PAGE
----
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An Aviator Stuntman and the Stimulus

by Elaine Schwartz    •    Sep 28, 2011    •    TIME TO READ: 1 minute

You’ve probably never heard of Lincoln Beachey.

An aviation pioneer, Beachey flew at the beginning of the 20th century. During one of his first air exhibitions, Beachey did something totally terrifying when his plane stalled. The opposite of what anyone had ever done before, he counterintuitively turned his plane into the spin and pointed its nose downwards. Reversing a deadly nosedive, he landed safely.

Hearing about Lincoln Beachey on a Radio Lab podcast, I thought of February 2009. With the economy nosediving, the President proposed and the Congress approved a massive injection of stimulus money. A seemingly logical maneuver, it appears not to have had the impact that many of us expected.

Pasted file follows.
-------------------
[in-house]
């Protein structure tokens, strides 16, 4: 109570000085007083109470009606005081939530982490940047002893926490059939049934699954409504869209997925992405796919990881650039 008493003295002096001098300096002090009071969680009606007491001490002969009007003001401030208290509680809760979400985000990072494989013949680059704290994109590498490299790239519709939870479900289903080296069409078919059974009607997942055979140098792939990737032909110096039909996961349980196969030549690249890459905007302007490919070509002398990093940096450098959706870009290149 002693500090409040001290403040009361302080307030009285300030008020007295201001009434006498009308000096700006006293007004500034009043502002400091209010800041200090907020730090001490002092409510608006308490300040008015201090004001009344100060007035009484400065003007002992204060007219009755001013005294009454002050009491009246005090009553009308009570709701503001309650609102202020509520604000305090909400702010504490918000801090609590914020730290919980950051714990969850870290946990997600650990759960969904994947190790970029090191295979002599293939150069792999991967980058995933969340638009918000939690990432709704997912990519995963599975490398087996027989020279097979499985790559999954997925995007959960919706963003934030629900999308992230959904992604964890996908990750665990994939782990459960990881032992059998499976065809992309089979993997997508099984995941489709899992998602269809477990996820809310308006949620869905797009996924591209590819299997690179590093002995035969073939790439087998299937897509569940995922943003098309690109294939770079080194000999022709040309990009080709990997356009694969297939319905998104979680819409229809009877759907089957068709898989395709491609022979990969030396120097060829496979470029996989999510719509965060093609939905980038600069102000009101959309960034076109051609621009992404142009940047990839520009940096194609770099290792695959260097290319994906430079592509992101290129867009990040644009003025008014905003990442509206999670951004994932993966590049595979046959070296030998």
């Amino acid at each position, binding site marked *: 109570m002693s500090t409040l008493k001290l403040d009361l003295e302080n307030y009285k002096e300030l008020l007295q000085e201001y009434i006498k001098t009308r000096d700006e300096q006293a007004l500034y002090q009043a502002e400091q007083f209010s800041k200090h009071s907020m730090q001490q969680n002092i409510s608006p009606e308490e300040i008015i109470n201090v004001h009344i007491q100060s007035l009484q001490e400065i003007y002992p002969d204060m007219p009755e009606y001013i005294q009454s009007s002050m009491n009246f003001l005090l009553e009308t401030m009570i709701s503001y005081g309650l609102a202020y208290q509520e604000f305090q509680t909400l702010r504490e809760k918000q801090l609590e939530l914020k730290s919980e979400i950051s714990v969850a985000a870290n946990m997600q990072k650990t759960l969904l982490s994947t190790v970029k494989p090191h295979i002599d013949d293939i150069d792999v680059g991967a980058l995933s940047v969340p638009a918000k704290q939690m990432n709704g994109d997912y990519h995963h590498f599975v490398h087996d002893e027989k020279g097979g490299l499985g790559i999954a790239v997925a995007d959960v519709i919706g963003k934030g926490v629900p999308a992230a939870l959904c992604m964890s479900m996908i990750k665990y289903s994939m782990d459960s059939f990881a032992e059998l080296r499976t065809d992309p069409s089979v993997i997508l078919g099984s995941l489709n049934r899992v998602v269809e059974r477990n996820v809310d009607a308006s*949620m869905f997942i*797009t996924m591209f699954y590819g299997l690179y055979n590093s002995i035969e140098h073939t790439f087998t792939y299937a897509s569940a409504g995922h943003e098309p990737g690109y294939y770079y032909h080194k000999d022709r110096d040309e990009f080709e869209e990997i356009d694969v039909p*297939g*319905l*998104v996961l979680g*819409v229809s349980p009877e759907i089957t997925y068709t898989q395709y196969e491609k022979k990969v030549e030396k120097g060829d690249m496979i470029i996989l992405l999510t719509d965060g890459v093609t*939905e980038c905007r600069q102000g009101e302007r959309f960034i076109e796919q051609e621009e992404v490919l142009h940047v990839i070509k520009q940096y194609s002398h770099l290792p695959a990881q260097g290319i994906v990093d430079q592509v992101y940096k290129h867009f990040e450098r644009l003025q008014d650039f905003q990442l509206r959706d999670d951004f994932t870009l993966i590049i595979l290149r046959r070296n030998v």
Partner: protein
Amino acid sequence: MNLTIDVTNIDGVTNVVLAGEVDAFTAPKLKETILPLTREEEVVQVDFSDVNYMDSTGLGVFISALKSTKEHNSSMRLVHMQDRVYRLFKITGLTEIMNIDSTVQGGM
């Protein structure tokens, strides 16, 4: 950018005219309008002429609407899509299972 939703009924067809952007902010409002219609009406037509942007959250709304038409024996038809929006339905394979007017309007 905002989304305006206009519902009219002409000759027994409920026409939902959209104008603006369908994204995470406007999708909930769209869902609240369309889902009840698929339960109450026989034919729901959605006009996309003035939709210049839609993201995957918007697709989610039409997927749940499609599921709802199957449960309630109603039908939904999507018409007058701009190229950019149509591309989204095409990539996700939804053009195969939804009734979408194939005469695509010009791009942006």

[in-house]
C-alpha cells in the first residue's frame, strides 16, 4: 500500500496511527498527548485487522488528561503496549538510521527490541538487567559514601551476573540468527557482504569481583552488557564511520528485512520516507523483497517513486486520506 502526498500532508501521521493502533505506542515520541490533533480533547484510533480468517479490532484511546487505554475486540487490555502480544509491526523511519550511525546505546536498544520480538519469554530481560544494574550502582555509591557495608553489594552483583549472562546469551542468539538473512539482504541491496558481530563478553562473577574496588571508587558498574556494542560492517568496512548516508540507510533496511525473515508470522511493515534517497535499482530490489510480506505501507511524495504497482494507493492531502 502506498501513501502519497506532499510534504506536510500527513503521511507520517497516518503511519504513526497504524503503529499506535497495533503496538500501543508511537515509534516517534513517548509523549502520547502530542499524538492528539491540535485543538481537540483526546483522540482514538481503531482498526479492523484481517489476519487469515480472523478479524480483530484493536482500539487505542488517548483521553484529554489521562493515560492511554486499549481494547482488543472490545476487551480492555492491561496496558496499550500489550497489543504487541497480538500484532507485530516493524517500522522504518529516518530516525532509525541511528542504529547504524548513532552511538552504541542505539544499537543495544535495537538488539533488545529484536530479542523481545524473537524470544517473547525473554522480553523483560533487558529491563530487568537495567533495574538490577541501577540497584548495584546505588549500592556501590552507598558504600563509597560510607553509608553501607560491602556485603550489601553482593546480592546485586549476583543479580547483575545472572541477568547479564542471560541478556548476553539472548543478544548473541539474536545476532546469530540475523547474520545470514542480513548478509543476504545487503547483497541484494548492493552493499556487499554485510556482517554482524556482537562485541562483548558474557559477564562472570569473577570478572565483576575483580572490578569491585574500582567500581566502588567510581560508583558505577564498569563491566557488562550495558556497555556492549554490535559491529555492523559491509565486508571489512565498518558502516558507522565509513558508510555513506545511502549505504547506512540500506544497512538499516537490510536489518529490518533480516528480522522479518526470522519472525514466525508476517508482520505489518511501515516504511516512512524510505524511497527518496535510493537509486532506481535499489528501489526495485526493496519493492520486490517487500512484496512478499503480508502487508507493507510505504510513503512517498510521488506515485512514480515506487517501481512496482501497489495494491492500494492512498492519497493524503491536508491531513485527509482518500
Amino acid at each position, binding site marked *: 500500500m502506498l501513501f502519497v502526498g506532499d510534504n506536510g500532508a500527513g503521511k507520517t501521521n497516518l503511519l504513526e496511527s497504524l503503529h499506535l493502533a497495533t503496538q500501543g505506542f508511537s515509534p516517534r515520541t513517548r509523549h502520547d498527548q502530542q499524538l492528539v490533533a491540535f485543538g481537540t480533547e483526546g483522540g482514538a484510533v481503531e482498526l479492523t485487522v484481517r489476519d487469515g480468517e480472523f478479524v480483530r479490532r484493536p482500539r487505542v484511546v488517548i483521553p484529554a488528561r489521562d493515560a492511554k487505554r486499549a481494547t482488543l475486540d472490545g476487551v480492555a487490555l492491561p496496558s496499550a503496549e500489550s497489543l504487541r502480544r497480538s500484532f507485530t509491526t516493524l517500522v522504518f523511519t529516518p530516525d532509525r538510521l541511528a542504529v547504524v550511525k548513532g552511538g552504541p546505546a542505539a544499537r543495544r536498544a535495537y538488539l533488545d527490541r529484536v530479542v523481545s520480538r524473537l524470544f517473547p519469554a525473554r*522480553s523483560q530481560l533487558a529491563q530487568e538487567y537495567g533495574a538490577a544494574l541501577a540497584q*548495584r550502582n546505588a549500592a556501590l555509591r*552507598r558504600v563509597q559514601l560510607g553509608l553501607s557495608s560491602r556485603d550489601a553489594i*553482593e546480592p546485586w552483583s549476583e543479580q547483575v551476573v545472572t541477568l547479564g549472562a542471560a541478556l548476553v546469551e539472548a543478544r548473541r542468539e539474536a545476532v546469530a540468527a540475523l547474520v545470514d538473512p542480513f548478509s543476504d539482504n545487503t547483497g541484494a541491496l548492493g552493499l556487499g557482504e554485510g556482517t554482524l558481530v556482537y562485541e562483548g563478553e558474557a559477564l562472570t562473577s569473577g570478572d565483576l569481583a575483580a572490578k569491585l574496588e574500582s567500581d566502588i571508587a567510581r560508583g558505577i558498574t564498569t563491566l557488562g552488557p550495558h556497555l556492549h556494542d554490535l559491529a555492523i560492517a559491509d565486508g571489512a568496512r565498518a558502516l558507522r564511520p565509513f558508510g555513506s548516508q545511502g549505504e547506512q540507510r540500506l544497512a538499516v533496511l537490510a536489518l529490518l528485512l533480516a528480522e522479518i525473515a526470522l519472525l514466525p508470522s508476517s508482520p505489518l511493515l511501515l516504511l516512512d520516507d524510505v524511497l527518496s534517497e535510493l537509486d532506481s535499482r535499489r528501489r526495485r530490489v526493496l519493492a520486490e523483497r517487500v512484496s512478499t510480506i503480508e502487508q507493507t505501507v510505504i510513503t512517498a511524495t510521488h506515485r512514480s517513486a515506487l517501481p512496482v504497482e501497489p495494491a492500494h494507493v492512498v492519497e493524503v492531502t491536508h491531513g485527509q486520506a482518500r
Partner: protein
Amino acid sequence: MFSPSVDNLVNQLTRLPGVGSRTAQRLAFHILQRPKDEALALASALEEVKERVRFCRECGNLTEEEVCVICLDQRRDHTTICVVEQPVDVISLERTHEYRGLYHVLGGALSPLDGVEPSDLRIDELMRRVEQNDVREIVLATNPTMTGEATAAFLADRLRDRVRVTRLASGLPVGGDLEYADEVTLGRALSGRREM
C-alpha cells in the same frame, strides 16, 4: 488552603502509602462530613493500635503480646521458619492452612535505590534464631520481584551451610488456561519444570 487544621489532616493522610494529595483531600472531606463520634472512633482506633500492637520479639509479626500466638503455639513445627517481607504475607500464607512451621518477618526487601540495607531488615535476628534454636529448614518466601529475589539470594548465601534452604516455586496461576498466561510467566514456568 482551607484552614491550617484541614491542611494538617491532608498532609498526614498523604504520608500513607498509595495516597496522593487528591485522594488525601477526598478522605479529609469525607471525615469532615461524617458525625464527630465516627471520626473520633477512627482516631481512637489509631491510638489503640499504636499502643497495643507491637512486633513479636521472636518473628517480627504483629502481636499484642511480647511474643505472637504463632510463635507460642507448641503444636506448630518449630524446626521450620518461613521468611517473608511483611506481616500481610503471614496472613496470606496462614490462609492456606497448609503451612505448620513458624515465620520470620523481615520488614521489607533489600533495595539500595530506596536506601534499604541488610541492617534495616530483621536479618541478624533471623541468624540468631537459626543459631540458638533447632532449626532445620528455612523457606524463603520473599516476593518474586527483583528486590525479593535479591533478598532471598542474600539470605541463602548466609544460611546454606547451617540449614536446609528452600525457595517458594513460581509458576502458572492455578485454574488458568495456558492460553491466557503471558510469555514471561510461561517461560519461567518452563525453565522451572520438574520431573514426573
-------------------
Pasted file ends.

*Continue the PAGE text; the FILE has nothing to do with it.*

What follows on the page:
Are we responding like Lincoln Beachey’s predecessors who turned away from the spin and pointed their noses upward? Or does the intuitive response work and we just need more?

The Economic Lesson

One group of economists describes the American Jobs Act as the additional stimulus we need. Seeing the money directed toward job creation, infrastructure projects and payroll tax cuts, a second group of economists says it is a repeat of the failed 2009 stimulus program.

As with Lincoln Beachey, we seem to have a group that believes the logical sounding Keynesian approach will work and a second group saying, if we look more closely and think like Friedrich Hayek, we would see it is profoundly flawed.  You might enjoy looking at the Keynes/Hayek rap debates here.

An Economic Question: Is your bias toward more or less government economic intervention. Explain.

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